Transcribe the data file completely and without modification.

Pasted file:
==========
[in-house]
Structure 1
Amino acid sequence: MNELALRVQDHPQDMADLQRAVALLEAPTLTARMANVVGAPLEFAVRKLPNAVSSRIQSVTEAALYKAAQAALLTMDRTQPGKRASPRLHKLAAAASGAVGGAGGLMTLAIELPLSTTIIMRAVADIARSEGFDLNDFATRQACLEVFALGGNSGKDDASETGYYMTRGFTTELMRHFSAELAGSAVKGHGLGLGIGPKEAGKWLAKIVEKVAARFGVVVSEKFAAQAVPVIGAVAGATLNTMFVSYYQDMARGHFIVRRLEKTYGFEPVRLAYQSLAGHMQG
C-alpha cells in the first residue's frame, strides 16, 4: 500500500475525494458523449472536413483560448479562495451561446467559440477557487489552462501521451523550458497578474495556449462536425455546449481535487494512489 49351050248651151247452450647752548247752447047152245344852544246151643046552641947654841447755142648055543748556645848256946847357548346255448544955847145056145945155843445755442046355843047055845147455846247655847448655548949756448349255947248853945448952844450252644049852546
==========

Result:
[in-house]
Structure 1
Amino acid sequence: MNELALRVQDHPQDMADLQRAVALLEAPTLTARMANVVGAPLEFAVRKLPNAVSSRIQSVTEAALYKAAQAALLTMDRTQPGKRASPRLHKLAAAASGAVGGAGGLMTLAIELPLSTTIIMRAVADIARSEGFDLNDFATRQACLEVFALGGNSGKDDASETGYYMTRGFTTELMRHFSAELAGSAVKGHGLGLGIGPKEAGKWLAKIVEKVAARFGVVVSEKFAAQAVPVIGAVAGATLNTMFVSYYQDMARGHFIVRRLEKTYGFEPVRLAYQSLAGHMQG
C-alpha cells in the first residue's frame, strides 16, 4: 500500500475525494458523449472536413483560448479562495451561446467559440477557487489552462501521451523550458497578474495556449462536425455546449481535487494512489 49351050248651151247452450647752548247752447047152245344852544246151643046552641947654841447755142648055543748556645848256946847357548346255448544955847145056145945155843445755442046355843047055845147455846247655847448655548949756448349255947248853945448952844450252644049852546